At the gates to the region of Paris, in Normandy, 75 km (46 miles) away from Paris and 60 km (37 miles) away from Rouen, the village has preserved its authentic charm.
Giverny in 1883
Even though there were a few middle-class families living in Giverny in the 19th century, there were mostly farmers among the 300 inhabitants of the village when Monet arrived. The arrival of an important colony of artists and painters in Giverny was not without consequences for the village's economy, which didn't have, at that time, a school, a post office, an ironmongery, a baker and of course no sophisticated shops. For a long time, people who wanted anything out of the ordinary had to cross the river Seine and go to Vernon.
American artists in Giverny
Claude Monet's presence in the village and Giverny's proximity to Paris would attract, over the following years, an important colony of American artists (Lilla Cabot Perry, Willard Metcalf, Theodore Robinson, Frederick Carl Frieseke, Theodore Butler, etc.) interested in learning the Master's techniques in the heart of Norman landscapes. Staying at the Hotel Baudy (now a restaurant), they formed an independent colony which shared the love of painting. Back in their country, they made Impressionism popular.
A walk round Giverny
Even though it became more developed, Giverny has lost nothing of its friendly and authentic charm. Everywhere on the streets and lanes, wisteria and Virginia creeper cover the low, coloured houses, and the village has kept its particular beauty that suits it so well.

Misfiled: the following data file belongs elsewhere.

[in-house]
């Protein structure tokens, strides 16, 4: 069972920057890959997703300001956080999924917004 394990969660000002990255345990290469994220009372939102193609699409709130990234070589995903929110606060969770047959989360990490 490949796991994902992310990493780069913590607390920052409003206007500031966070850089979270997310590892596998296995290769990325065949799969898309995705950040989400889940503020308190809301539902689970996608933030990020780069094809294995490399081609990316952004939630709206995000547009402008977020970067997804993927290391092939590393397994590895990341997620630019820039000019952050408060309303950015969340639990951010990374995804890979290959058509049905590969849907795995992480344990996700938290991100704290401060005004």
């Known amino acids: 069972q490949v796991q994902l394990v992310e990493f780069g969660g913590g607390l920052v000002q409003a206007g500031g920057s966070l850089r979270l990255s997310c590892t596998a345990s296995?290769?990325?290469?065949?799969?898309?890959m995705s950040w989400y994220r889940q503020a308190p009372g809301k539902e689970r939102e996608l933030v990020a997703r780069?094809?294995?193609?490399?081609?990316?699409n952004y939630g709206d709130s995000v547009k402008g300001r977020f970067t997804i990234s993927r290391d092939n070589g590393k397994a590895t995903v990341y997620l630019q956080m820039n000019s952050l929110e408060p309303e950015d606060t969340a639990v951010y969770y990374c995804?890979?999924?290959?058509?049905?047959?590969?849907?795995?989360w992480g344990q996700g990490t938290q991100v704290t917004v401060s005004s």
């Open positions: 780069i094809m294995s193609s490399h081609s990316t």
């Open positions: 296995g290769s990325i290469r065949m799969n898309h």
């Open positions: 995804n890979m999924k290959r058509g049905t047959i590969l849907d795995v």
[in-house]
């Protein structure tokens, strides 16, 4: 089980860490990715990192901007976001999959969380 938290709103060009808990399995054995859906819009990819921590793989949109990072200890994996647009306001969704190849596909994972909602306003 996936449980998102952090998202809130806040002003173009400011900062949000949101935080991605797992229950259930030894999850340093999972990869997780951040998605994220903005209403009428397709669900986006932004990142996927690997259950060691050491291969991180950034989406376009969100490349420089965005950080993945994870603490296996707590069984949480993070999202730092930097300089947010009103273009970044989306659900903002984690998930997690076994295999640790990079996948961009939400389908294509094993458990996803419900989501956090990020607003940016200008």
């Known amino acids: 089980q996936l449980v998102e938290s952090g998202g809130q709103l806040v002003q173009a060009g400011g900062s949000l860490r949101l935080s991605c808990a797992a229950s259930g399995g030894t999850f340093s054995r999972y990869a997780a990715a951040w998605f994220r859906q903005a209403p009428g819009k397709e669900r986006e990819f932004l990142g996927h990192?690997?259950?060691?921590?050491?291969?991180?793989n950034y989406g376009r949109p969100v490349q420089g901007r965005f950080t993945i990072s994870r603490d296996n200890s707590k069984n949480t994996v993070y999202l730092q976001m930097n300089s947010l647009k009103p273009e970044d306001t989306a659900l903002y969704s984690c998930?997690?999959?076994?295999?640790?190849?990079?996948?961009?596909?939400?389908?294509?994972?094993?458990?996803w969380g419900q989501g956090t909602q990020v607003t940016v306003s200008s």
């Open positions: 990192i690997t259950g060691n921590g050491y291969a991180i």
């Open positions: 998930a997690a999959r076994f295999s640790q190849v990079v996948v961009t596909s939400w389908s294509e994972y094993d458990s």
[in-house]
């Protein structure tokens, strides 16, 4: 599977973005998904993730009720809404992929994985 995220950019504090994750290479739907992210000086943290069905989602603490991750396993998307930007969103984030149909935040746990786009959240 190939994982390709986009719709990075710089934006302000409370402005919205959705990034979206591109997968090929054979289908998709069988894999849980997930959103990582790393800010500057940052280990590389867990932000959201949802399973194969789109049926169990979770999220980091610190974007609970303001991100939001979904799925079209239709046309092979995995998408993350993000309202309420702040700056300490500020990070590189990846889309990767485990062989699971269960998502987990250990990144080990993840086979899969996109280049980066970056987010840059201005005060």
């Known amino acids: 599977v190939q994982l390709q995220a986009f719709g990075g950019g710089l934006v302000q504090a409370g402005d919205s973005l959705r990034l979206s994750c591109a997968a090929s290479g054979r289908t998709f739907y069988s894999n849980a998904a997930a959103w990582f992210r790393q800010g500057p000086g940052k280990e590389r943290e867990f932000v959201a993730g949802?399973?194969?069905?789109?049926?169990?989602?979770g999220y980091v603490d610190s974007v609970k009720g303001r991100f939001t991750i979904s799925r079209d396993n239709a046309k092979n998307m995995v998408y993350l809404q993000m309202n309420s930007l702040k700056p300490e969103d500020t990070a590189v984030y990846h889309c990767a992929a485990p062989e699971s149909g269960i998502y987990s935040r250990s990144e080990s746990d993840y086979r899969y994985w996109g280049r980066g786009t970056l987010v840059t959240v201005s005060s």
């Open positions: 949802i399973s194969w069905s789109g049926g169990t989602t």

Apart from Monet's house and garden, Giverny offers many other attractions and places to visit, including especially:
- The Museum of Impressionisms: It is dedicated to this art movement, its origins, its geographical diversity, its history and its development into other art movements. It holds temporary exhibitions on Impressionist art and its history, organises activities for the children and comprises an art centre and an Impressionism research centre.
- The former Hotel Baudy (now a restaurant): The story of the place is intimately related to the history of the village and to the colony of American artists who came to stay there at the end of the 19th century and beginning of the 20th century. Take time to have lunch or a drink there, where artists used to spend hours and hours and entertain themselves, and explore the garden full of rose bushes. And do not miss the surprising exhibition of miniature life scenes by Frédéric Desessard.
- The Sentier de Découverte Culturelle (Giverny Discovery Trail): Dotted with 20 information panels, it goes through the village and leads to the houses that used to be occupied by artists and painters from the Colony (Butler, Cabot-Perry), to the school where Monet's children went, to Saint Radegonde's Church and to the graveyard where Monet and his family are buried.
- A village of artists: there are many studios and art galleries open to the public in Giverny.